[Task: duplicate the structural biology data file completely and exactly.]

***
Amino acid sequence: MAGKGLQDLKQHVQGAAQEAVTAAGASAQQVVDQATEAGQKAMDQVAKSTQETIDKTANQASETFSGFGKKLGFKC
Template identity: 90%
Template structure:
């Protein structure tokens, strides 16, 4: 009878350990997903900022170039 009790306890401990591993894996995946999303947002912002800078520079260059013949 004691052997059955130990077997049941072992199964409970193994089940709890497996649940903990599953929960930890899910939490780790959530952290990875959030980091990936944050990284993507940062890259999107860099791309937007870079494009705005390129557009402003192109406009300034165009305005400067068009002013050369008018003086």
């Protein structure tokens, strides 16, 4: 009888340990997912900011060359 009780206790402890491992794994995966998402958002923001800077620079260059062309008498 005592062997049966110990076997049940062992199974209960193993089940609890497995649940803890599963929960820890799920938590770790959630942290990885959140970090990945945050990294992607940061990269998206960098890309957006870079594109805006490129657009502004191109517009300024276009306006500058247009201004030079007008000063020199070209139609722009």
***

Amino acid sequence: MAGKGLQDLKQHVQGAAQEAVTAAGASAQQVVDQATEAGQKAMDQVAKSTQETIDKTANQASETFSGFGKKLGFKC
Template identity: 90%
Template structure:
């Protein structure tokens, strides 16, 4: 009878350990997903900022170039 009790306890401990591993894996995946999303947002912002800078520079260059013949 004691052997059955130990077997049941072992199964409970193994089940709890497996649940903990599953929960930890899910939490780790959530952290990875959030980091990936944050990284993507940062890259999107860099791309937007870079494009705005390129557009402003192109406009300034165009305005400067068009002013050369008018003086």
């Protein structure tokens, strides 16, 4: 009888340990997912900011060359 009780206790402890491992794994995966998402958002923001800077620079260059062309008498 005592062997049966110990076997049940062992199974209960193993089940609890497995649940803890599963929960820890799920938590770790959630942290990885959140970090990945945050990294992607940061990269998206960098890309957006870079594109805006490129657009502004191109517009300024276009306006500058247009201004030079007008000063020199070209139609722009």